Rotator Cuff Tendonitis

What is Rotator Cuff Tendonitis?

The rotator cuff is a group of muscles and tendons that attach to the bones of the shoulder joint providing movement and stability to the shoulder. Inflammation of the rotator cuff tendons is called rotator cuff tendonitis or shoulder impingement. The inflammation leads to thickening of the tendons causing space reduction that may squeeze or compress the rotator cuff muscle between the acromion process of the shoulder blade and the humoral head of the arm. This compression results in pain, tenderness, swelling, warmth and redness in the shoulder.

Relevant Anatomy

Three bones, namely the upper arm bone (humerus), the shoulder blade (scapula) and the collar bone (clavicle) join together to make the shoulder joint.

The acromion is a protuberance of the shoulder bone or scapula. Ligaments are the thick strands of fibers that connect bone to bone. Ligaments connect the collar bone to the shoulder blade at the acromion process.

Causes of Rotator Cuff Tendonitis

Rotator cuff tendonitis may occur due to:

  • Bony growth of the acromion process
  • Inflammation of the bursa fluid (bursitis).
  • Degeneration of the tendons with age particularly above 40 years old
  • Overuse injury of the tendons: This occurs more often in people in certain professions and in sports requiring repetitive shoulder movement such as tennis players, swimmers, construction workers, and painters.
  • Trauma or injury: one hard throw can cause the problem to occur.

Diagnosis of Rotator Cuff Tendonitis

Diagnosis involves physical examination by the doctor. X-rays are ordered to nullify other causes of the pain such as arthritis or to check if shoulder impingement is due to a bone spur. Soft tissues such as muscle and tendons cannot be seen by X-ray so an ultrasound or MRI scan may be ordered to see if shoulder tendinitis is present.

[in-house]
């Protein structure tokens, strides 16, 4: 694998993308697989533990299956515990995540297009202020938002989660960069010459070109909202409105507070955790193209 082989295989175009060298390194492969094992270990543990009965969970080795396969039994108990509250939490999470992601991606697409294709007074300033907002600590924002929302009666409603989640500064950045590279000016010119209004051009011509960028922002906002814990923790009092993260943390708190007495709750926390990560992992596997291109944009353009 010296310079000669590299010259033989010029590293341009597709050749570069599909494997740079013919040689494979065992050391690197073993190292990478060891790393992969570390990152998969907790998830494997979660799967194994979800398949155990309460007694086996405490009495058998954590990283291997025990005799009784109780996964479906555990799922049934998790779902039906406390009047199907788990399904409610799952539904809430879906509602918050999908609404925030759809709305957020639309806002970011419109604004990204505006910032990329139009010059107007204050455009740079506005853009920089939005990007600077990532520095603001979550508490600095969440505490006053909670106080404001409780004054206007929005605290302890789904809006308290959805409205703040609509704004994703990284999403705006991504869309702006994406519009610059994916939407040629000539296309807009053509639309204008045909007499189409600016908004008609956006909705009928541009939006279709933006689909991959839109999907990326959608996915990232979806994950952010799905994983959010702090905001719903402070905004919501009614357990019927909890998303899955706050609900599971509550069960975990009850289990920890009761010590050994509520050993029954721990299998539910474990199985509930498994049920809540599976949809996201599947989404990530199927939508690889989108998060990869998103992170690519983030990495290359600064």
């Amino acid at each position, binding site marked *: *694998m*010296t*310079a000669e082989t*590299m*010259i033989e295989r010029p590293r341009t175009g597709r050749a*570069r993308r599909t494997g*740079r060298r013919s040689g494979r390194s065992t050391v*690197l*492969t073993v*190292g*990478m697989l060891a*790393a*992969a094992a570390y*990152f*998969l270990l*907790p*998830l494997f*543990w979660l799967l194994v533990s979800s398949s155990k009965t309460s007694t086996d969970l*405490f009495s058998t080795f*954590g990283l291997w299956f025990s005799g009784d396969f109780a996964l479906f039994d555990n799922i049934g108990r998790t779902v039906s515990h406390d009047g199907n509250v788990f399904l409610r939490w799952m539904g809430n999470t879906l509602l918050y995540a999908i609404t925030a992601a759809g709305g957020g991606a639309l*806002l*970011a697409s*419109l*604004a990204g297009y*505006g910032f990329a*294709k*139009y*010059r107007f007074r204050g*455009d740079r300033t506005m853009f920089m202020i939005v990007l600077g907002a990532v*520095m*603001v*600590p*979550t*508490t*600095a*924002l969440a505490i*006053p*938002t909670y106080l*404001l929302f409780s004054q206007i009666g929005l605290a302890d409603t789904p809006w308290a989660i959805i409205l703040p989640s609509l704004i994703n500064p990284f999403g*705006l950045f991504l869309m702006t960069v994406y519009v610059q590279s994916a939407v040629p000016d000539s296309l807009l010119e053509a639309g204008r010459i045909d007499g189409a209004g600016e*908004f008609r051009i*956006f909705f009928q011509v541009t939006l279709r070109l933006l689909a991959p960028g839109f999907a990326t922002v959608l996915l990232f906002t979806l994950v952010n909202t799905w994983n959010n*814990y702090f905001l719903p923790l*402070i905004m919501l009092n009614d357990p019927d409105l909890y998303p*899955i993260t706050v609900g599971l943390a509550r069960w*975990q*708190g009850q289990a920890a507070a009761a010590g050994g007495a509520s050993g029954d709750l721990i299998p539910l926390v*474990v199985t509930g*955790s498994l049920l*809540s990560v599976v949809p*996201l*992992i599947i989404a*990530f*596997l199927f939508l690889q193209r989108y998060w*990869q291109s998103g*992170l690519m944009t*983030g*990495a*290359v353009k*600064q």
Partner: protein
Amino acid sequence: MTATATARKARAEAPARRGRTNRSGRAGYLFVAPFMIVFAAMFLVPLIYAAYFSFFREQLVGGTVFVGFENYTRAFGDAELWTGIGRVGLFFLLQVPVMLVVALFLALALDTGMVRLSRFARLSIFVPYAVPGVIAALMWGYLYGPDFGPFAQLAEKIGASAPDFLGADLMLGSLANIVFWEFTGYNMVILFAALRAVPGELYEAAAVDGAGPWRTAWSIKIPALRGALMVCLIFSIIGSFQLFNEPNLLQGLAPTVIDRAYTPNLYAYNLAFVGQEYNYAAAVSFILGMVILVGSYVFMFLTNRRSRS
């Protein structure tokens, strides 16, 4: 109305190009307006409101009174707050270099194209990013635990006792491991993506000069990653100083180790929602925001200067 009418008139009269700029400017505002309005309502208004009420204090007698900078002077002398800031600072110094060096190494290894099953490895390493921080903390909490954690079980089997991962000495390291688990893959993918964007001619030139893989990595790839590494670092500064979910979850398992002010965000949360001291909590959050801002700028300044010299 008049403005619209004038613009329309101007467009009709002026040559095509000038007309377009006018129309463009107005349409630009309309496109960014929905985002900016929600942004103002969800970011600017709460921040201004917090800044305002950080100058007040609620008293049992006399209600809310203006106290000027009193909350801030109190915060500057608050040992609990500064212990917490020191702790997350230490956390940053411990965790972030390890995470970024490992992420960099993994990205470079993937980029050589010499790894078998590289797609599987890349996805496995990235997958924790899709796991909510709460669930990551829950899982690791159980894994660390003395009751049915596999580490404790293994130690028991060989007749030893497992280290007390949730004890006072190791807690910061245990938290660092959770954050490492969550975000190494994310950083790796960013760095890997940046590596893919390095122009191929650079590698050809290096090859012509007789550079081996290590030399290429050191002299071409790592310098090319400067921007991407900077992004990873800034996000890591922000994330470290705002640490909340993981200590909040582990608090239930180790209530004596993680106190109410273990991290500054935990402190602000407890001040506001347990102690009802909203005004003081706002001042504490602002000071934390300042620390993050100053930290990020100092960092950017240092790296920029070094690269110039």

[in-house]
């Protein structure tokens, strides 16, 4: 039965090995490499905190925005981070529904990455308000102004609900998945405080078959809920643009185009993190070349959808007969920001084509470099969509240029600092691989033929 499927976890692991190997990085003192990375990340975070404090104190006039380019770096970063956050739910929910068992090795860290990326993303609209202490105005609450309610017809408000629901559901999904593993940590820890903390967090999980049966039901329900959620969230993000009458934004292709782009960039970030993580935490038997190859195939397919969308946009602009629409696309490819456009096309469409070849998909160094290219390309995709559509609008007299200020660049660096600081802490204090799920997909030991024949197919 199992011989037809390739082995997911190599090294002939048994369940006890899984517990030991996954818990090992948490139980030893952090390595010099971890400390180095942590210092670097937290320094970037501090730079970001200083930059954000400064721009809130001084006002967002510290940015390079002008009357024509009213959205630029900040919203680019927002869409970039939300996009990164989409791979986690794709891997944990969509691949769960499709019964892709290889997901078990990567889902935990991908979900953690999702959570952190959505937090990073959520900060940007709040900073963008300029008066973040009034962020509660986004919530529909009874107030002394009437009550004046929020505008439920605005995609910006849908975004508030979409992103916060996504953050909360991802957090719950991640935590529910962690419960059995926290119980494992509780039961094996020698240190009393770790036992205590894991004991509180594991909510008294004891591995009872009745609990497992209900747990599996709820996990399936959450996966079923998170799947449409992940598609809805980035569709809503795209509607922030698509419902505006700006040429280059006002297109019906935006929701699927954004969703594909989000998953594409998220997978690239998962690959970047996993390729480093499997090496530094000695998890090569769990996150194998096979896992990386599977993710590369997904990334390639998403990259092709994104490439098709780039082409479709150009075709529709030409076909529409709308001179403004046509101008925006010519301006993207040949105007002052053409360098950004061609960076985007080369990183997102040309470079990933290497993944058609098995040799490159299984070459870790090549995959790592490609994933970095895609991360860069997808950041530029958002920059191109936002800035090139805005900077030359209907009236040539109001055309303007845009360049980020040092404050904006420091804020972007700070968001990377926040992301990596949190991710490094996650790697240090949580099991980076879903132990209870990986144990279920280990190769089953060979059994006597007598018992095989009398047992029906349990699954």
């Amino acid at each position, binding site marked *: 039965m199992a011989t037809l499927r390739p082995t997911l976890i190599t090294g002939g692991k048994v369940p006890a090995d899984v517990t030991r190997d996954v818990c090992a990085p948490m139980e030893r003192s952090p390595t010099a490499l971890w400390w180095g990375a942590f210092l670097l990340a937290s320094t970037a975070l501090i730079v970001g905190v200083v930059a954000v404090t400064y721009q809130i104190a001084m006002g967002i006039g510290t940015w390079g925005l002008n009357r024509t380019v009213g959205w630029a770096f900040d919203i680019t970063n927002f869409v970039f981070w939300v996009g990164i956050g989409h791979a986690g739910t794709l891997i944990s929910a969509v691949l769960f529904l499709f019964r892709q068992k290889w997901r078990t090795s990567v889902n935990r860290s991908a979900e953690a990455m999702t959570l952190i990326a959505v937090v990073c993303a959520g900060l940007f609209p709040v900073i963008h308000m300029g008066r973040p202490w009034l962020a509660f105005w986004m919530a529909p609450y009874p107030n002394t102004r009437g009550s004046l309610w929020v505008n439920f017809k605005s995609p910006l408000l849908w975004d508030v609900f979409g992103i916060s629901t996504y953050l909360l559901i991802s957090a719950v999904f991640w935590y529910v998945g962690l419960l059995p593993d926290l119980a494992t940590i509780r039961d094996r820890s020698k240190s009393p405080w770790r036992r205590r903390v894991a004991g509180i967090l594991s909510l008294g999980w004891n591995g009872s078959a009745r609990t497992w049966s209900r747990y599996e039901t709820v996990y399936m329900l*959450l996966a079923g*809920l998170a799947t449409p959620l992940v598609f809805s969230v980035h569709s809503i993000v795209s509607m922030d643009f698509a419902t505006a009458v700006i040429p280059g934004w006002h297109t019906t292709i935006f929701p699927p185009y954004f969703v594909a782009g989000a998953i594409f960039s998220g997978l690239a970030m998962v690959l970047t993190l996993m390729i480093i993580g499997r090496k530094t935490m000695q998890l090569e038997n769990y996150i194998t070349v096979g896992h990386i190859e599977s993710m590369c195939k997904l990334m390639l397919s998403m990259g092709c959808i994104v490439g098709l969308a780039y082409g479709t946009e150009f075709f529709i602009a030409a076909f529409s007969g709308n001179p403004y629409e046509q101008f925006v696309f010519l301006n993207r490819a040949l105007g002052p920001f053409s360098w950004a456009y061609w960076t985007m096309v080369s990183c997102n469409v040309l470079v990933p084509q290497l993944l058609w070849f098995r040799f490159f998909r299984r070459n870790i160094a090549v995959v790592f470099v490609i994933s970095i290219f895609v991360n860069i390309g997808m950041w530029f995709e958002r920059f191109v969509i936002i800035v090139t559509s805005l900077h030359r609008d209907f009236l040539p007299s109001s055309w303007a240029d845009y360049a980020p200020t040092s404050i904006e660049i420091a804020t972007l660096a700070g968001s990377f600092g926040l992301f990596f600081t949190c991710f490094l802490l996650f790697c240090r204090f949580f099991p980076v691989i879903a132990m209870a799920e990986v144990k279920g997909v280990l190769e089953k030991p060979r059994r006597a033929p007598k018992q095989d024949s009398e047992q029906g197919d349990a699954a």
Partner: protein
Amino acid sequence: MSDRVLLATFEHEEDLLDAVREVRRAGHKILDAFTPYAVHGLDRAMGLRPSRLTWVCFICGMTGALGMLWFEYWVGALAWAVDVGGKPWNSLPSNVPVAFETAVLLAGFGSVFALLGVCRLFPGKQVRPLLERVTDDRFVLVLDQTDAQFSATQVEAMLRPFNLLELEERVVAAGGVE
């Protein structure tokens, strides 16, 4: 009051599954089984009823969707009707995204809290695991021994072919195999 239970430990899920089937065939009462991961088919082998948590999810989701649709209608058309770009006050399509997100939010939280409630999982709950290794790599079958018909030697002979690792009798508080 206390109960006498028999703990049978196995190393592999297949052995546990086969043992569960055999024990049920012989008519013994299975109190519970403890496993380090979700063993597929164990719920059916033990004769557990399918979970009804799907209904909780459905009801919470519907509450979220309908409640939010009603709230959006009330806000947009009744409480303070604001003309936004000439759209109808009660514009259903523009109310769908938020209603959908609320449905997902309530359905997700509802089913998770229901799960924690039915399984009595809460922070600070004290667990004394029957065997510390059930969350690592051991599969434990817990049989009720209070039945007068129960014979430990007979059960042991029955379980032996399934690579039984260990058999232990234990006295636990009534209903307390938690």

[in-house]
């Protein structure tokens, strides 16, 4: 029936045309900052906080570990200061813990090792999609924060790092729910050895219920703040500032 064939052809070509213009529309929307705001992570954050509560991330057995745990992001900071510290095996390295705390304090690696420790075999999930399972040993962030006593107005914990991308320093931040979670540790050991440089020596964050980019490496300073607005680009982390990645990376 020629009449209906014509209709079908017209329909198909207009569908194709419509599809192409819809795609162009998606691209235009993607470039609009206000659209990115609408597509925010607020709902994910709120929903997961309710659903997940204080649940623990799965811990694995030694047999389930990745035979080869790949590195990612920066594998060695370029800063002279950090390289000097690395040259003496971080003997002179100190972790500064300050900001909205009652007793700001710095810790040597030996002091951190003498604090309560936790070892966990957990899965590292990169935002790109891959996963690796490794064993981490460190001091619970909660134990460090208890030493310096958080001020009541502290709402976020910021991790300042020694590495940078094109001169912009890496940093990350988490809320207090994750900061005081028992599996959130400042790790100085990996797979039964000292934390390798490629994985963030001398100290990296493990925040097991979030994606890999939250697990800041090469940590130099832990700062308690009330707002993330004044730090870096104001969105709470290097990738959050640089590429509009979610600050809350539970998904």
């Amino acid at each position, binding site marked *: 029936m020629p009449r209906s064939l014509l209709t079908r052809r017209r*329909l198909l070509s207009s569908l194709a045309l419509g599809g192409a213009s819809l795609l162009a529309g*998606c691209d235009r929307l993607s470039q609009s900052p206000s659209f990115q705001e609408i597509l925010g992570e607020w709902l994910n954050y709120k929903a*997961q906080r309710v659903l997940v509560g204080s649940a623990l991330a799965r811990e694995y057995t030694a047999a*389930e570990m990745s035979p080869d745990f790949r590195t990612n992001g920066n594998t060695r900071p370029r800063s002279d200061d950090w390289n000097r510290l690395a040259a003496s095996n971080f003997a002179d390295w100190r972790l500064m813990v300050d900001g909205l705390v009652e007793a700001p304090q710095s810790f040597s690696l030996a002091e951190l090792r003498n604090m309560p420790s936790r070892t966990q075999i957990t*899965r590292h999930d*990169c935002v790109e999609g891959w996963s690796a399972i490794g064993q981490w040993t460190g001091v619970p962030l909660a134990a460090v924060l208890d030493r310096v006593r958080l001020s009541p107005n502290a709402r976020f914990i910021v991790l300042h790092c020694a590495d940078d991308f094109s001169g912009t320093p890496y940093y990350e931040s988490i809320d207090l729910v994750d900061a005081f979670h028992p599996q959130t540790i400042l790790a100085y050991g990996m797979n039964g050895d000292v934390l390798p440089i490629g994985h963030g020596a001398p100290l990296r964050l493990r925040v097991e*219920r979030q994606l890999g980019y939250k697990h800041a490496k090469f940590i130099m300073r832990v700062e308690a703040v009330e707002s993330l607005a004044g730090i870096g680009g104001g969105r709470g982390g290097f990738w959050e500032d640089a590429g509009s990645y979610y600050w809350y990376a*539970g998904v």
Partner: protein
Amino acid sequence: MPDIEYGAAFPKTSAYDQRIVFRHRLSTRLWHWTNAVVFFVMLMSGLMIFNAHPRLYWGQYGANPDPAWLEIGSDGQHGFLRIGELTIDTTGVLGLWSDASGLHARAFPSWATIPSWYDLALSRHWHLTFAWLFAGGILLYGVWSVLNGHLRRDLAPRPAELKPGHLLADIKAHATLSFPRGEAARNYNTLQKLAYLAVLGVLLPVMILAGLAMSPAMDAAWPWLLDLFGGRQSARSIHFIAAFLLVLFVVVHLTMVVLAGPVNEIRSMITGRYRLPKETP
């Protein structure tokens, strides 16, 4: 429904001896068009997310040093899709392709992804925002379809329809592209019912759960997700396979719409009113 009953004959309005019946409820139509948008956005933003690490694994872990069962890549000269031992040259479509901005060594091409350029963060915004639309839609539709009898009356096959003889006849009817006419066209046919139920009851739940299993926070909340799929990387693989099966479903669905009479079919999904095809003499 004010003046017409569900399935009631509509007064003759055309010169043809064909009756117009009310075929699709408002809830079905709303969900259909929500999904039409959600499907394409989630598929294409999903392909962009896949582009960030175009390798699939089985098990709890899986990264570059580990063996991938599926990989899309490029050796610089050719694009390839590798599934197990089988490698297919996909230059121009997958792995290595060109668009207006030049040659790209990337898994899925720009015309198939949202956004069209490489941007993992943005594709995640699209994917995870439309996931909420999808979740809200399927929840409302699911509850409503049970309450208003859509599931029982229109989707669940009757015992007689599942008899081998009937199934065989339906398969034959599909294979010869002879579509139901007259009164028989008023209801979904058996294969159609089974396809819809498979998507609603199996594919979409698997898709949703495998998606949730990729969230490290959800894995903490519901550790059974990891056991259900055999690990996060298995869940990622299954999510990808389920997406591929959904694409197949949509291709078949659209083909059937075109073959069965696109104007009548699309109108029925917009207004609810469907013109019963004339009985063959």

Your doctor may give an injection of an anesthetic drug in the space below the acromion to see if it provides relief for the pain. If it does, it confirms that the pain was due to rotator cuff tendinitis or shoulder impingement.

Treatment of Rotator Cuff Tendinitis

Treatment generally involves avoiding overhead activities totally for a time to rest the affected tendons and muscles. Non-steroidal anti-inflammatory medicines are given to reduce inflammation and thus help in decreasing pain and swelling. Some shoulder muscle strengthening exercises are also advised. If this does not provide relief an injection of local anesthetic and corticosteroid, a strong anti-inflammatory agent, may be given. The condition usually takes a few months to recover completely. If conservative treatment measures do not resolve the problem, your doctor may recommend surgery to create more space for the rotator cuff by removing part of the acromion bone.

  • American Academy of orthopedic Surgeon
  • Anthroscopy Association of North America
  • American Orthopedic Society of Sports Medicine
  • American Shoulder and Elbow Society
  • Association of Graduates
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